Qatar Airways chief calls American flight attendants ‘grandmothers’, apologizes after rebuke from US competitors

Baker Al-Baker told his Dublin audience that the average age of his flight crews was 26 years old and there was no need to travel on “crap American carriers.” (Reuters)
Updated 13 July 2017

Qatar Airways chief calls American flight attendants ‘grandmothers’, apologizes after rebuke from US competitors

DUBAI: Qatar Airways chief Akbar Al-Baker received a strong rebuke from the American airline industry after he publicly ridiculed his US competitors at a gala in Dublin, Ireland last week.
In his speech to celebrate Qatar Airways’ launch of its Dublin-Doha route, Al-Baker told the audience that the average age of his cabin crew was 26 years old and there was no need to travel on “crap American carriers.”
“You know you’re always being served by grandmothers on American airlines,” Al-Baker added, eliciting laughter from the audience.
The American aviation industry was quick to condemn Al-Baker’s comments, and wrote in a statement that the Qatar Airways leader had “sunk to a new low.”
The Air Line Pilots Association, a union that represents pilots at Delta Air Lines and other major airlines, said that Al Baker “owes US airline workers an apology.”
“Straight from Akbar Al-Baker's lips, he confirms what AFA has said all along: Qatar Airways thrives on misogyny and discrimination,” Sara Nelson, president of the Association of Flight Attendants, said in a statement
“Qatar is not only seeking to choke out US Aviation, but also the 300,000 good jobs built through opportunity created on the principle of equality,” the AFA statement said.
“There is no room for a separation of humanity in air travel or in an emergency. Flight Attendants are onboard to save lives and every life counts. If you prop up Qatar Airways you are supporting sexism, racism, and ageism.

Al-Baker later apologized, and a communications firm was representing Qatar Airways released a statement from the Qatari airline leader: “I should like to apologize unreservedly to those offended by my recent remarks which compared Qatar Airways cabin crew with cabin crew on US carriers.”
The remarks “were made informally at a private gala dinner, following comments about the Qatar Airways cabin service, and were in no way intended to cause offense,” he said in the statement.
Al-Baker that flight attendants “play a huge role in the safety and comfort of passengers, irrespective of their age or gender or familial status …. I have a high regard for the value that I see long-serving staff members bringing through their experience and dedication.”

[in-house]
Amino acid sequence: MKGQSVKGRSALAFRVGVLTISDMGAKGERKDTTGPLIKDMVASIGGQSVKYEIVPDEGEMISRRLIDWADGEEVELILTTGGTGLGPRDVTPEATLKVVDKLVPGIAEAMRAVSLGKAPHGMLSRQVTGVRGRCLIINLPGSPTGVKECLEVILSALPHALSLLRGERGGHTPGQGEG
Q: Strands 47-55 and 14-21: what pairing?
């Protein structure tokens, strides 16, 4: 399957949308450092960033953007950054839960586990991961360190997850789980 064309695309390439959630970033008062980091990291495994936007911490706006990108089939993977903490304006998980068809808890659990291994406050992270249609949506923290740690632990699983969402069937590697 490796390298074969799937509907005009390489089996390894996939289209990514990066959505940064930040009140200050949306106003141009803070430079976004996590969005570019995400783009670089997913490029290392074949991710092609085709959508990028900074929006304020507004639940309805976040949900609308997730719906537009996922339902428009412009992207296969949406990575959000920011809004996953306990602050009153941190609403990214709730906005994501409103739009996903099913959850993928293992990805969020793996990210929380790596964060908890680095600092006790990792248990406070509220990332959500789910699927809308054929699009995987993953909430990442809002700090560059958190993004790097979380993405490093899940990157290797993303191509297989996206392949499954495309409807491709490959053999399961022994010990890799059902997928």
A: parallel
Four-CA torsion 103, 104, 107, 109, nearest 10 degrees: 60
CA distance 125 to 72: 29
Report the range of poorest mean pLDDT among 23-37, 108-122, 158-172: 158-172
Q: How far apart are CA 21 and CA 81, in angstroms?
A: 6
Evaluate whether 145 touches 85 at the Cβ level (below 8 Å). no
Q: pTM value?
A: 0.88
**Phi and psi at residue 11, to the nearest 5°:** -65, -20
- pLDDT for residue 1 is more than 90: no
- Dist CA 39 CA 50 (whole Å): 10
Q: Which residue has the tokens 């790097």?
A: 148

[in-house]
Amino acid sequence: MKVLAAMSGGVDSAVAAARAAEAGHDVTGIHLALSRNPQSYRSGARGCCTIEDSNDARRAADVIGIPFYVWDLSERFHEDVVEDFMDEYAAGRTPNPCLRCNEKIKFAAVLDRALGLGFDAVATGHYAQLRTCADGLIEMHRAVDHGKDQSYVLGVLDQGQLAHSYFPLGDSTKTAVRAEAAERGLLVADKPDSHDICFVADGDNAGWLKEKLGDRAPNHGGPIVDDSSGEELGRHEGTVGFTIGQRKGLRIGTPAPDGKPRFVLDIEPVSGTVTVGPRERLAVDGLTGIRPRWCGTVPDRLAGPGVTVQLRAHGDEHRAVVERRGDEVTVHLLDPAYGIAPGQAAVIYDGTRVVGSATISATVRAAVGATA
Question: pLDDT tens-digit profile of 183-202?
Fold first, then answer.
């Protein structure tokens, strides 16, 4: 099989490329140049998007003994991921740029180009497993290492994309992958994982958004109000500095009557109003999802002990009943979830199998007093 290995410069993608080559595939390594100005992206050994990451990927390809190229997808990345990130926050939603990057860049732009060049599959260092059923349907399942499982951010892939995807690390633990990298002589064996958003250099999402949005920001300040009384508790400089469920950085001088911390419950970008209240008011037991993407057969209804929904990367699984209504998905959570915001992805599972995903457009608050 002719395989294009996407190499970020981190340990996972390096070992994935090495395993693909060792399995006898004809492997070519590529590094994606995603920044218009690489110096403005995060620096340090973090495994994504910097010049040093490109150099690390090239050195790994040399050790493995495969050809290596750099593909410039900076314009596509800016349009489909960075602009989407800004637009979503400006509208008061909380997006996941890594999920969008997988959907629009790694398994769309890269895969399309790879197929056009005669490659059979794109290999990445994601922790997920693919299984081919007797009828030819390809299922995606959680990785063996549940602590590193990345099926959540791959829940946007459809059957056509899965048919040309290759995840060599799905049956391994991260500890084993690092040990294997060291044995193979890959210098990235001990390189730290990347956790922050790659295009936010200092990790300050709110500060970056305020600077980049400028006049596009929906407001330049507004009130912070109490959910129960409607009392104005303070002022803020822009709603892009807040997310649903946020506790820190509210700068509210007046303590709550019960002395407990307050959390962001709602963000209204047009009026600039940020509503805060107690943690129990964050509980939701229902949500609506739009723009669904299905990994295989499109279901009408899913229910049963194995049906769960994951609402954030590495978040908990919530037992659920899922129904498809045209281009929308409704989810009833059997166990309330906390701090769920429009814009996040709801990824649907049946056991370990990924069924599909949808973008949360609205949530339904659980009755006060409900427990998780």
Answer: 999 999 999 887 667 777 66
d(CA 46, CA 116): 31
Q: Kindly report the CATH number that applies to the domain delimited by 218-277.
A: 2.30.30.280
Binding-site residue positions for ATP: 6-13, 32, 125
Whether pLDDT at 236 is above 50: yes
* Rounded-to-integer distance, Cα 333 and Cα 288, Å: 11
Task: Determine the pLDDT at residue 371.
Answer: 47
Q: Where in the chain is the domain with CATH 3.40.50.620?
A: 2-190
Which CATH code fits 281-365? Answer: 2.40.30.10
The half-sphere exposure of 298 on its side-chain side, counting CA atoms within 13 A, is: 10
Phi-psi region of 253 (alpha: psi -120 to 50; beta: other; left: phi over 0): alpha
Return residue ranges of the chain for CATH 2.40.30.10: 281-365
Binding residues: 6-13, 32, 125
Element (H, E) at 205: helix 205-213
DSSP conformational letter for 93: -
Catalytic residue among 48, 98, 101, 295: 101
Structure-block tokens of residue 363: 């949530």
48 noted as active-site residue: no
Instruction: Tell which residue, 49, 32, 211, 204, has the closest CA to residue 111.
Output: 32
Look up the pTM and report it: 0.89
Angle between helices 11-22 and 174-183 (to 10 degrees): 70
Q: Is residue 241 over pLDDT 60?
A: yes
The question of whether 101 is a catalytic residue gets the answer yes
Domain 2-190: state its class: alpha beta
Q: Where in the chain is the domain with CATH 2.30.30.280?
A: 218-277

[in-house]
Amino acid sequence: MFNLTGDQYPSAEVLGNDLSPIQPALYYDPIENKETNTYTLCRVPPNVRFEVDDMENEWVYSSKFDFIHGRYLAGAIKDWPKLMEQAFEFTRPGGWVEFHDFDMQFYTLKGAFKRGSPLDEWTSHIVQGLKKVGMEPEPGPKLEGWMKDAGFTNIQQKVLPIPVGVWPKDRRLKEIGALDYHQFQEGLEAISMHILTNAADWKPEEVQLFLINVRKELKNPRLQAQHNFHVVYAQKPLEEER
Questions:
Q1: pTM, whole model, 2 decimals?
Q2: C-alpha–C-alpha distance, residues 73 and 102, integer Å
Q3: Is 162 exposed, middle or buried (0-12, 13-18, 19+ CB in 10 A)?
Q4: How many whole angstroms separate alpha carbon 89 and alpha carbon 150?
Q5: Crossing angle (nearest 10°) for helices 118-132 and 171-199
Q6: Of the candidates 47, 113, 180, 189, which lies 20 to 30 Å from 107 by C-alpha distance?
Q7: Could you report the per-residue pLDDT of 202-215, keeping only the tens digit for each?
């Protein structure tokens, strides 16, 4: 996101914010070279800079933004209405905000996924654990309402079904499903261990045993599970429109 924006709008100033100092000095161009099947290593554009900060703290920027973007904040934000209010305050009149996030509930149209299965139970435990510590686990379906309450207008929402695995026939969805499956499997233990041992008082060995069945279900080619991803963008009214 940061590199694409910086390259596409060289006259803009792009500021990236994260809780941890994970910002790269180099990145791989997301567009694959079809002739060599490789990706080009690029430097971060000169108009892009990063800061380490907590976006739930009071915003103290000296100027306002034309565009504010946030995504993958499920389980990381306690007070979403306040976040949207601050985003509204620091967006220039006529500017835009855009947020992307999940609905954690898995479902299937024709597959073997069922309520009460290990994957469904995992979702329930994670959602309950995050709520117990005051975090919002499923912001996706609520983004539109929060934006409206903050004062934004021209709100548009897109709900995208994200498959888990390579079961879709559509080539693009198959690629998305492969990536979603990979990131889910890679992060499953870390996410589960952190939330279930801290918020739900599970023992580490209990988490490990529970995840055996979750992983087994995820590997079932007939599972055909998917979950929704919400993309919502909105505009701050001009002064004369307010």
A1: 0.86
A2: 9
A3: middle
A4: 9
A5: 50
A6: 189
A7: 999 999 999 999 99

Qatar Airways has been a subject of investigation by International Labor Organization after complaints were filed against the airline for widespread gender discrimination, which included allegations of female crew routinely harassed, being subjected to dismissal for becoming pregnant and being barred from getting married.
The year-long ILO inquiry, which ended in 2015, found that Qatar Airways flouted global standards on the treatment of its works particularly female employees who became pregnant while under contract with the airline.
Female cabin crew made to sign contracts that gave the airline the right to automatically dismiss them if they became pregnant, the UN labor agency said.
ILO likewise called the Gulf airline’s regarding its ban on cabin crew getting married, which prevented employees from tying the knot for the first five years of their employment, after which they could only get married with the carrier’s permission.


Saudi Arabia, Iraq confirm full commitment to OPEC+ agreement- statement

Updated 25 min 8 sec ago

Saudi Arabia, Iraq confirm full commitment to OPEC+ agreement- statement

  • Both countries ministers said efforts by OPEC+ to meet their output cuts will enhance market stability

RIYADH: Saudi Arabia and Iraq on Monday confirmed their full commitment to the OPEC+ agreement.
Saudi Minister of Energy Prince Abdulaziz bin Salman, and Iraqi Oil Minister Ihsan Abdul Jabbar Ismail held discussions on developments in the oil markets, the improved global demand for oil, and progress in implementing the current OPEC+ agreement to reduce production.
OPEC and its allies led by Russia, a group known as OPEC+, agreed to cut oil output from May by a record 9.7 million barrels per day (bpd) after the coronavirus crisis destroyed a third of global demand.
The record cuts are now due to run to the end of July, before tapering to 7.7 million bpd until December.
But some OPEC members have not fully delivered on their agreed production cuts since May.
During a phone call, the Saudi minister commended Iraq’s performance within the framework of the agreement, as the country’s level of commitment in June reached nearly 90 percent.
Prince Abdulaziz thanked the Iraqi minister for his efforts in reaching the target, and expressed his confidence that Iraq will continue to improve its level of compliance with the oil cuts.
Ismail said Iraq would continue to improve compliance with the cuts to reach 100 percent by the start of August, pledging to compensate from July to September for the overproduction in May and June.
Both ministers also said that efforts by OPEC+, and the participating countries in the agreement, to meet their output cuts would enhance market stability and speed up their balanced recovery.

  • With Reuters